Profit Tip: Cattle Health Management Mistakes To Avoid
Dee Griffin & Dave Smith, Extension Veterinarians University of Nebraska
Key Mistakes to Avoid:
1. Not understanding the sequence of disease and recovery
1. times of occurrence in common diseases …
2. reasonable outcomes
Applied Repro Symposium: Physiological Principles of Estrus Synchronization
Development of technologies to increase reproductive efficiency and improve genetic merit has occurred at a rapid pace to include embryo transfer (ET), ultrasonography, transgenics and cloning. Of all available reproductive technologies, University of Missouri (MU) animal scientist Michael Smith ranks estrus synchronization and artificial insemination (AI) among the most powerful and applicable.
Feeding Straw to Beef Cattle
Johnny Rossi, Extension Animal Scientist, University of Georgia
Straw is a low quality feedstuff that can be used as an alternative to hay if properly supplemented with minerals, vitamins, and grain. Straw is best suited for dry pregnant cows because of their low nutrient requirements. Dry cows require about 52 to 55 percent TDN and 8 percent crude protein. Lactating cows require 58 to 60 percent TDN and 11 percent crude protein. Straw will require both supplemental TDN and crude protein. Straw has limited use in the diets of stocker calves or replacement heifers. Limit straw to 25 percent or less in the diets of growing cattle.
Investigation Reveals Flaws in Meat Inspection System
Hoosier AG Today
Following the Hallmark/Westland recall of 143 – million pounds of beef products earlier this year, Secretary of Agriculture Ed Schafer requested an investigation by the Office of the Inspector General. The results of that investigation have been made known. The report says that while problems are not systemic, there are vulnerabilities in the inspection system that can lead to situations like Hallmark/Westland where there are humane handling and inspection violations.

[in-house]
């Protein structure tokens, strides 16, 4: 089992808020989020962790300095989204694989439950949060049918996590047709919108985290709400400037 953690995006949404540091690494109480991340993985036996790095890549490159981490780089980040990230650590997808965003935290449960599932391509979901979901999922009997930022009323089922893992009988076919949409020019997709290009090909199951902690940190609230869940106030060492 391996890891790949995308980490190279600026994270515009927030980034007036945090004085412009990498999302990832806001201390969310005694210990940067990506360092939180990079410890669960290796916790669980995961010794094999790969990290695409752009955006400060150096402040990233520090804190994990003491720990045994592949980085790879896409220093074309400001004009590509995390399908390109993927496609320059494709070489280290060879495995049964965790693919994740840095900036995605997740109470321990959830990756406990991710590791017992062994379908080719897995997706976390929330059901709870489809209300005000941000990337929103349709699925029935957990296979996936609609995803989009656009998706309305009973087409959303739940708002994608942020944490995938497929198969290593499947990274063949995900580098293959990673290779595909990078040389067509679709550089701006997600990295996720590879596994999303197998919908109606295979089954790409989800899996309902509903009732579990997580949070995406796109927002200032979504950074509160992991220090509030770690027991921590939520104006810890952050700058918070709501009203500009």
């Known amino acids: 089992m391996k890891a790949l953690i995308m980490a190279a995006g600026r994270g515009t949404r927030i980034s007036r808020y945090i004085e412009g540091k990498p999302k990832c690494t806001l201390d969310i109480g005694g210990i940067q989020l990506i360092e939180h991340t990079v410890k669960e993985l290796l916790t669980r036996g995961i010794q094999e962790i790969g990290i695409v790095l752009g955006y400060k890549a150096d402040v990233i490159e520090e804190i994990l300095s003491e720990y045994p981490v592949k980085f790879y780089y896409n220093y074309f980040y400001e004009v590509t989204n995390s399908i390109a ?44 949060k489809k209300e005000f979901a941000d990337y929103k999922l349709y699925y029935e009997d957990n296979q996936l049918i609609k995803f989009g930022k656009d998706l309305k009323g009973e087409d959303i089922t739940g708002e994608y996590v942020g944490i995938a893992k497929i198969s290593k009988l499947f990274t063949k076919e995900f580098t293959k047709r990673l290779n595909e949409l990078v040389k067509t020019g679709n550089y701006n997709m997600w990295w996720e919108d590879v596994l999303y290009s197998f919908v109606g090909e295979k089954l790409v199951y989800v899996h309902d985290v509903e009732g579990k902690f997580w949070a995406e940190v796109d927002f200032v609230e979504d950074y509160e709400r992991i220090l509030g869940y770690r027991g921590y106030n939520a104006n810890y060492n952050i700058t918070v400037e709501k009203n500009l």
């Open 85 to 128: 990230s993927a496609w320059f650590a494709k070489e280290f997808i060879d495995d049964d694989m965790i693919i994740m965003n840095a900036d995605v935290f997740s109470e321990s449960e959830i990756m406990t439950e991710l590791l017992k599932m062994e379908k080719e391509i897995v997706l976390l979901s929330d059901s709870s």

Allen elected KLA president
The Wichita Eagle
Wichitan Todd Allen has been elected president of the Kansas Livestock Association.
Allen, who is president of the cattle feeding operations for Cargill Beef, will serve as the 5,500-member organization’s leader through KLA’s 2009 convention next December.
Thin Cows Require More Feed Over the Winter – Frequently Asked Questions
Ropin’ the Web
Do thin cows have more difficulty making it through the winter?
Thin cows have less fat cover than cows in good condition. Fat is a good insulator, which in turn helps reduce energy requirements to keep the animal warm. An additional 1200 pounds of hay is needed to feed a thin cow (condition score 2) versus a cow in good condition (score 3) through the winter. Lower critical temperatures – the point where a cow requires to generate heat from feed consumed to keep warm – is more of a concern with a thin cow. Thin animals cannot tolerate the cold as well as cows in good condition.
Cattle Breeding: Crossbreeding & Maximizing Heterosis
Crossbreeding remains one of the most effective low-input, high return management practices that a beef cattle producer can adopt. Effective crossbreeding is more than simply purchasing a bull and mating it to a cow of a different breed. Crossbreeding systems with varying degrees of complexity offer benefits in proportion to the increased management that they require.